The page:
Is activation only used for nonlinearity ?
Is activation only used for nonlinearity or for both problems . I am still confused why do we need activation function and how can it help.
1 answer

Generally, such a question would be suited for Stats Stackexchange or the Data Science Stackexchange, since it is a purely theoretical question, and not directly related to programming (which is what Stackoverflow is for).
Anyways, I am assuming that you are referring to the classes of linearly separable and not linearly separable problems when you talk about "both problems. In fact, nonlinearity in a function is always used, no matter which kind of problem you are trying to solve with a neural network.The simple reason for nonlinearities as activation function is simply the following:
Every layer in the network consists of a sequence of linear operations, plus the nonlinearity.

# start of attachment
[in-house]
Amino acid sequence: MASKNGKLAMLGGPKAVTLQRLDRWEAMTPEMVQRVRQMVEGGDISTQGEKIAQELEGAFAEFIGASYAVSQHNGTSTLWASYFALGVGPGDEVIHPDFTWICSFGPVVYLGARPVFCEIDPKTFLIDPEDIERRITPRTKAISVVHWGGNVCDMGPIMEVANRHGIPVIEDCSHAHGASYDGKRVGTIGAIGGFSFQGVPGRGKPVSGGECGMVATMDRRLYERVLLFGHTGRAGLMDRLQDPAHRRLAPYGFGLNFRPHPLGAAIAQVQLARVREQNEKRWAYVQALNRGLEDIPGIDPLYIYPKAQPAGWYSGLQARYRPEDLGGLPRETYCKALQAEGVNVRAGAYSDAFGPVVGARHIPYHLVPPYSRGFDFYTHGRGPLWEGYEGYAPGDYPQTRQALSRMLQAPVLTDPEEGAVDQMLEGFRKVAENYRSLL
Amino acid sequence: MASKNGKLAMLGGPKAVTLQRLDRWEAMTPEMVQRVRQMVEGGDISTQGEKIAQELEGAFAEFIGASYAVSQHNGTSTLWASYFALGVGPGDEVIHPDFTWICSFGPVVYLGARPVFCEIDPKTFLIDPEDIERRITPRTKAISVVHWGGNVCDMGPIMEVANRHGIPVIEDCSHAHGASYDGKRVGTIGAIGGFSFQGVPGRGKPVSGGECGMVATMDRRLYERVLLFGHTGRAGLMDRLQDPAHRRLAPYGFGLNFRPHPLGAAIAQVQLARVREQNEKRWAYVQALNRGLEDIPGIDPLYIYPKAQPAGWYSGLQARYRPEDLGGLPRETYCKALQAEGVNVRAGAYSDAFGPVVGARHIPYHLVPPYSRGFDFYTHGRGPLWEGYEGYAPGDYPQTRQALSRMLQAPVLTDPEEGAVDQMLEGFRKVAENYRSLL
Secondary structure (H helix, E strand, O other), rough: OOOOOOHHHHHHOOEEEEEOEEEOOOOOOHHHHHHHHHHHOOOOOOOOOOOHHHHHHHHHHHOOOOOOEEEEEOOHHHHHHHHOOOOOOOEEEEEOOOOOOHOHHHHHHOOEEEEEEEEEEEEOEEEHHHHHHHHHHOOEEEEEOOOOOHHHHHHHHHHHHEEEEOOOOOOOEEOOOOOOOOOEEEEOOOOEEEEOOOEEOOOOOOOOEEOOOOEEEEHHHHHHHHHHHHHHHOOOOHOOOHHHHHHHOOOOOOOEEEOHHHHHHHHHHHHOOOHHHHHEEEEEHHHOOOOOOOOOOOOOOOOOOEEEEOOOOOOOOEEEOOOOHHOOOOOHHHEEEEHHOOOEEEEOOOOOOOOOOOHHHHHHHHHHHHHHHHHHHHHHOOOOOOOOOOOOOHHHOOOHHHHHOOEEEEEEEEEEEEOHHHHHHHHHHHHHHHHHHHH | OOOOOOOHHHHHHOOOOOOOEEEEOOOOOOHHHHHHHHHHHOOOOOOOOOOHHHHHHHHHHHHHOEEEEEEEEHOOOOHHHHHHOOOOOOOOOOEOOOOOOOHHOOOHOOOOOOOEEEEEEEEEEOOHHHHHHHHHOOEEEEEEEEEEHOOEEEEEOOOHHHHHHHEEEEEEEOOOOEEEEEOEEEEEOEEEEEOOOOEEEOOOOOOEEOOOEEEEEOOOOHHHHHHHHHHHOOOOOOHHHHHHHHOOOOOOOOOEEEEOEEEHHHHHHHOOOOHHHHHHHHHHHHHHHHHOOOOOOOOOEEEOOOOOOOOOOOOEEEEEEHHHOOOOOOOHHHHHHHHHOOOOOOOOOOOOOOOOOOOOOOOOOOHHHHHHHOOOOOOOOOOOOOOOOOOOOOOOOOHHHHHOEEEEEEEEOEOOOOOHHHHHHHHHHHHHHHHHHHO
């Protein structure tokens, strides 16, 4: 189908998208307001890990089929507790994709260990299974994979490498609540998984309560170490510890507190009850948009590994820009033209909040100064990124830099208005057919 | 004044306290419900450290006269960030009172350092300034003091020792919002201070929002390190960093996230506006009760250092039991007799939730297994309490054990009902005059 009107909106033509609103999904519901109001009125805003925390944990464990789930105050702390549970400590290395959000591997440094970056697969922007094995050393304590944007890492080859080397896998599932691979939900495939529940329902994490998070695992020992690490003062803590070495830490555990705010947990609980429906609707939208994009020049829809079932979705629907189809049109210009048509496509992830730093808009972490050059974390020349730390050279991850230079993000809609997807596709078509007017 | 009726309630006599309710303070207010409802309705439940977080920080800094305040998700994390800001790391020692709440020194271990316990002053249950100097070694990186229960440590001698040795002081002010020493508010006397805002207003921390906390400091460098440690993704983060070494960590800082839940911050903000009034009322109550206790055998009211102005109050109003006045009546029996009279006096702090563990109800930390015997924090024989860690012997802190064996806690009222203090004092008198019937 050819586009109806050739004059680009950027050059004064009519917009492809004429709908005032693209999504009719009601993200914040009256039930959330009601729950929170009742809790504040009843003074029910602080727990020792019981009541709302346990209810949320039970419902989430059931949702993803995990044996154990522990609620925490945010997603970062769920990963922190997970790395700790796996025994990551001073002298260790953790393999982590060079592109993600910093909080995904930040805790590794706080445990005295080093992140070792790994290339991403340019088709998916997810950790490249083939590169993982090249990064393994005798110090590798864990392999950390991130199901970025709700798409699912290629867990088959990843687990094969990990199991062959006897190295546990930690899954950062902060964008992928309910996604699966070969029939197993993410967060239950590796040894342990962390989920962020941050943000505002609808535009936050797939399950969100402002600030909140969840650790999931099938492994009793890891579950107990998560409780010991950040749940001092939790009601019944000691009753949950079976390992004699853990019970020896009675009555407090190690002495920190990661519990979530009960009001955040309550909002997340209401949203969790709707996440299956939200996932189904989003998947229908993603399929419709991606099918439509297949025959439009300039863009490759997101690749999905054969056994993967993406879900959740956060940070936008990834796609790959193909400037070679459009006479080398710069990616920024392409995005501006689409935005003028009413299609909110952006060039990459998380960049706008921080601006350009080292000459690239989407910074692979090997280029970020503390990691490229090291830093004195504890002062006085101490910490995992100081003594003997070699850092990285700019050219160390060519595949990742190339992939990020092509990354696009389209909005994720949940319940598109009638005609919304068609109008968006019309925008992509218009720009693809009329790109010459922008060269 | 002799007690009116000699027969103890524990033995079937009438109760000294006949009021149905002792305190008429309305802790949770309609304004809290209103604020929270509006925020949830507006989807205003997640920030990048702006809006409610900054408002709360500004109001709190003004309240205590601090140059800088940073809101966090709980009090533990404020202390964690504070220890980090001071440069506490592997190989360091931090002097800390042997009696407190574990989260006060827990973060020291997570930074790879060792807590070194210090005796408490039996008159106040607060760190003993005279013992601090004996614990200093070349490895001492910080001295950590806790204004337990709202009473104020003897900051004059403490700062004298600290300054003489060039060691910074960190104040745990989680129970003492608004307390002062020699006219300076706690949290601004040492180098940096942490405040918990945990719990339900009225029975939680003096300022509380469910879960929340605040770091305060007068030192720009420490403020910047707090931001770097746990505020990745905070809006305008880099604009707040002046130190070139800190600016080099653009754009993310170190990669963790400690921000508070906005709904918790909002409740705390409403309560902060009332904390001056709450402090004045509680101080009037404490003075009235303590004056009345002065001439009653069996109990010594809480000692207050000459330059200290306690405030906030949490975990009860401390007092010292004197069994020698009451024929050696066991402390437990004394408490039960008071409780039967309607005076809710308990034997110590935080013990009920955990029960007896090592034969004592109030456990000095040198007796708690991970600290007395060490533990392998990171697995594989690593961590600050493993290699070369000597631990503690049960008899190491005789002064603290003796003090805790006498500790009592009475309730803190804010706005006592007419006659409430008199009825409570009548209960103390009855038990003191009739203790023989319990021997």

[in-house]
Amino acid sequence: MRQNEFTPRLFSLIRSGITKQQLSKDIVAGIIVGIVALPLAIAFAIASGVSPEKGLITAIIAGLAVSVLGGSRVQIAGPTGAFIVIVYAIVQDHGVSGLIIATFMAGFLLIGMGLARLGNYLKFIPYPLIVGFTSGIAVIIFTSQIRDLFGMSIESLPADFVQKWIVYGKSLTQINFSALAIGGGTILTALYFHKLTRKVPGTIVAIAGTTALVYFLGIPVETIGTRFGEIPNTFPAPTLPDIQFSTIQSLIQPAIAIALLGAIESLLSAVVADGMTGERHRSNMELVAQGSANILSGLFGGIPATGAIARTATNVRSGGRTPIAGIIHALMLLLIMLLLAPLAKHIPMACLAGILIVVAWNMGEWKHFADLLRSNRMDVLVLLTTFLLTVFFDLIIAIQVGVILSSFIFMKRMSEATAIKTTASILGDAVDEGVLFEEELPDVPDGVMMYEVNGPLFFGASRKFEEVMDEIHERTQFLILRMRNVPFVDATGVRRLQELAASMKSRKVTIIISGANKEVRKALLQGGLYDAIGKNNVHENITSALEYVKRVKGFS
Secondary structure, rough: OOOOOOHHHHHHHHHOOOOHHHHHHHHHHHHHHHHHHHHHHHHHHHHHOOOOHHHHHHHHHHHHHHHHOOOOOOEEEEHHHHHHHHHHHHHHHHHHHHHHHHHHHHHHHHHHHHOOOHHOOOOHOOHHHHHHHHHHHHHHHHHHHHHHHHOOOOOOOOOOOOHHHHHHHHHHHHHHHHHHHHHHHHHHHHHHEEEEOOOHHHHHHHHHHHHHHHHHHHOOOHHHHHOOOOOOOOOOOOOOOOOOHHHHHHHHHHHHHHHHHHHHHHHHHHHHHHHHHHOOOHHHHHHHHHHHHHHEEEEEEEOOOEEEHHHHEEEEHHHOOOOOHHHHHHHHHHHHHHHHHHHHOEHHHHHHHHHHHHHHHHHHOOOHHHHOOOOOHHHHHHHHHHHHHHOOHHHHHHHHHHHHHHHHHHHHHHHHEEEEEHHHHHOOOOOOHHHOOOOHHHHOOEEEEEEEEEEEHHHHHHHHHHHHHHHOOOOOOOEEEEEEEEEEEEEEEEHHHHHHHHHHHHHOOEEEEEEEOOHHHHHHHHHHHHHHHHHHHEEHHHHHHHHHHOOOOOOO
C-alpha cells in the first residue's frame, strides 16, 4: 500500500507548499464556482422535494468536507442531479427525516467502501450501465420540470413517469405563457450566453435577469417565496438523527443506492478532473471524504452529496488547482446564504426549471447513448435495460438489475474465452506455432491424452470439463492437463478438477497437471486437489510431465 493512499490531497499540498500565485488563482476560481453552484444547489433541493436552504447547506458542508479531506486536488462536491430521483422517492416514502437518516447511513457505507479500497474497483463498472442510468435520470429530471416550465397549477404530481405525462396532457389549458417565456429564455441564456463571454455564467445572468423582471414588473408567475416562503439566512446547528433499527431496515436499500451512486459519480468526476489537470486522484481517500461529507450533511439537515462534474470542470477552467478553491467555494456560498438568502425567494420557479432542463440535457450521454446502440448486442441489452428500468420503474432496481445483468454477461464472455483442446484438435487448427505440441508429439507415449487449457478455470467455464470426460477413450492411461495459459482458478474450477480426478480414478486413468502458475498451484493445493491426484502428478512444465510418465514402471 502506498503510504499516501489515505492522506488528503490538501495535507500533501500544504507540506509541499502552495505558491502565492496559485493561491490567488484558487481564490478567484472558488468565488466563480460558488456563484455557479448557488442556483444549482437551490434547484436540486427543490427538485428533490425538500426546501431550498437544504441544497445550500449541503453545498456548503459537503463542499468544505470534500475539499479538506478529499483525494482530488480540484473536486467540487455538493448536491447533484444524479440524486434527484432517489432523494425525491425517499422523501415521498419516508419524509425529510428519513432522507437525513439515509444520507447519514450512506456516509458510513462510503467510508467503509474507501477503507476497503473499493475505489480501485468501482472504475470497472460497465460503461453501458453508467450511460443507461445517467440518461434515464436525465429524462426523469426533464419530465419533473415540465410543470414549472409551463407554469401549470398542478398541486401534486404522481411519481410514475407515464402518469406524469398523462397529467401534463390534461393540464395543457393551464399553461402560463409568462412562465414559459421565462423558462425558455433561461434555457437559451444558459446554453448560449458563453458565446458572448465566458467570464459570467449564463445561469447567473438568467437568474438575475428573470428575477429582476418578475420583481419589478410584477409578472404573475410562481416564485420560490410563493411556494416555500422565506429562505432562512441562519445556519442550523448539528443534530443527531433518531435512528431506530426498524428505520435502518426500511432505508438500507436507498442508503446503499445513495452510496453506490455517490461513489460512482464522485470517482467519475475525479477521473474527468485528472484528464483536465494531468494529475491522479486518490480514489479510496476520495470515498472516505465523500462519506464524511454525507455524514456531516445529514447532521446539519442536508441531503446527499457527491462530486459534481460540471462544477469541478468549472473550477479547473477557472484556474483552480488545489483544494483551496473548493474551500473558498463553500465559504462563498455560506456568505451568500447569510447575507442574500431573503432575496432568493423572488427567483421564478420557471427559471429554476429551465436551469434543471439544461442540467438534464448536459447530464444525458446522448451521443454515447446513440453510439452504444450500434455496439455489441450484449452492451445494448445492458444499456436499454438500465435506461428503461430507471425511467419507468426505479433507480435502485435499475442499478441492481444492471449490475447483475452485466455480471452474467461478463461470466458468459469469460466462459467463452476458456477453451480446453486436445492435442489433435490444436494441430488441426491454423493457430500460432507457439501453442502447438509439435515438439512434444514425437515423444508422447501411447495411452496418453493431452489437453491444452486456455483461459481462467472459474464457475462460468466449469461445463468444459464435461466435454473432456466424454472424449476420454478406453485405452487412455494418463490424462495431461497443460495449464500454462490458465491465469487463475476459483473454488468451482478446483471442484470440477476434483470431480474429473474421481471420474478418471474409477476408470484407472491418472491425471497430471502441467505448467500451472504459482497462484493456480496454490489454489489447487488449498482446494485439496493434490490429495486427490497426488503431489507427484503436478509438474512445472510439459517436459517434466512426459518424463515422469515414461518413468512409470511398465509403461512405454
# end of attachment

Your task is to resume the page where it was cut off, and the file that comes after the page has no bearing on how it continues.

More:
Formally  and this is something you might have seen before  you can express the mathemtical operation of a single layer
F
and it's inputh
as:F(h) = Wh + b
where
W
represents a matrix of weights, plus a biasb
. This operation is purely sequential, and for a simple multilayer perceptron (withn
layers and without nonlinearities), we can write the calculations as follows:y = F_n(F_n1(F_n2(...(F_1(x))))
which is equivalent to
y = W_n W_n1 W_n2 ... W_1 x + b_1 + b_2 + ... + b_n
Specifically, we note that these are only multiplications and additions, which we can rearrange in any way we like; particularly, we could aggregate this into one ubermatrix W_p and bias b_p, to rewrite it in a single formula:
y = W_p x + b_p
This has the same expressive power as the above multilayer perceptron, but can inherently be modeled by a single layer! (While having much less parameters than before).
Introducing nonlinearities to this equation turns the simple "building blocks"
F(h)
into:F(h) = g(Wh + b)
Now, the reformulation of a sequence of layers is not possible anymore, and then nonlinearity additionally allows us to approximate any arbitrary function.
EDIT: To address another concern of yours ("how does it help?"), I should explicitly mention that not every function is linearly separable, and thus cannot be solved by a purely linear network (i.e. without nonlinearities). One classic simple example is the XOR operator.
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